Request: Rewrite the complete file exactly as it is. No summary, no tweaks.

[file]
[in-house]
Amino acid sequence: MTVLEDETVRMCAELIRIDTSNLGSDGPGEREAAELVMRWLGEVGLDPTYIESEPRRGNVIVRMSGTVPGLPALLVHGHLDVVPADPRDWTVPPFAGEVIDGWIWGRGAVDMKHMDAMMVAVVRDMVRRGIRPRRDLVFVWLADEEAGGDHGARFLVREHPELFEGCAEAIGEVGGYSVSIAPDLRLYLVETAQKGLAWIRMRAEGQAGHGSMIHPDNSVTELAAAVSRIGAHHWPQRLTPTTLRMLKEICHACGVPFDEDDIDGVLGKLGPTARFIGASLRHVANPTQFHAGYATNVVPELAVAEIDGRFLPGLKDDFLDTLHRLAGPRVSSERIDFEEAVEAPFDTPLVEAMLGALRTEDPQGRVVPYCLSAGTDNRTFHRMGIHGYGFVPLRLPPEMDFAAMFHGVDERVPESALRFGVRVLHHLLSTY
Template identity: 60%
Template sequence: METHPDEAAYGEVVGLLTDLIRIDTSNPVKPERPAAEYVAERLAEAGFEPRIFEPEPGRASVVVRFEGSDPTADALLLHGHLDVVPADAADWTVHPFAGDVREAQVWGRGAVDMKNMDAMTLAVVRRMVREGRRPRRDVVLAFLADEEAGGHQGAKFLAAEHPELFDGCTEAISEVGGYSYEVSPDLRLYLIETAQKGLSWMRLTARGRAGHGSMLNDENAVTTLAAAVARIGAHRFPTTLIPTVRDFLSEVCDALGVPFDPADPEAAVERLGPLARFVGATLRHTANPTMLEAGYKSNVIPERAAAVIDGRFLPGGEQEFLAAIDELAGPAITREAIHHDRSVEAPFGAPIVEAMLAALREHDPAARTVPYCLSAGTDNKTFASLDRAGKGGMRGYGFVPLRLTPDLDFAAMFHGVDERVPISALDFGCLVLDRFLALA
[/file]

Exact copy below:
[in-house]
Amino acid sequence: MTVLEDETVRMCAELIRIDTSNLGSDGPGEREAAELVMRWLGEVGLDPTYIESEPRRGNVIVRMSGTVPGLPALLVHGHLDVVPADPRDWTVPPFAGEVIDGWIWGRGAVDMKHMDAMMVAVVRDMVRRGIRPRRDLVFVWLADEEAGGDHGARFLVREHPELFEGCAEAIGEVGGYSVSIAPDLRLYLVETAQKGLAWIRMRAEGQAGHGSMIHPDNSVTELAAAVSRIGAHHWPQRLTPTTLRMLKEICHACGVPFDEDDIDGVLGKLGPTARFIGASLRHVANPTQFHAGYATNVVPELAVAEIDGRFLPGLKDDFLDTLHRLAGPRVSSERIDFEEAVEAPFDTPLVEAMLGALRTEDPQGRVVPYCLSAGTDNRTFHRMGIHGYGFVPLRLPPEMDFAAMFHGVDERVPESALRFGVRVLHHLLSTY
Template identity: 60%
Template sequence: METHPDEAAYGEVVGLLTDLIRIDTSNPVKPERPAAEYVAERLAEAGFEPRIFEPEPGRASVVVRFEGSDPTADALLLHGHLDVVPADAADWTVHPFAGDVREAQVWGRGAVDMKNMDAMTLAVVRRMVREGRRPRRDVVLAFLADEEAGGHQGAKFLAAEHPELFDGCTEAISEVGGYSYEVSPDLRLYLIETAQKGLSWMRLTARGRAGHGSMLNDENAVTTLAAAVARIGAHRFPTTLIPTVRDFLSEVCDALGVPFDPADPEAAVERLGPLARFVGATLRHTANPTMLEAGYKSNVIPERAAAVIDGRFLPGGEQEFLAAIDELAGPAITREAIHHDRSVEAPFGAPIVEAMLAALREHDPAARTVPYCLSAGTDNKTFASLDRAGKGGMRGYGFVPLRLTPDLDFAAMFHGVDERVPISALDFGCLVLDRFLALA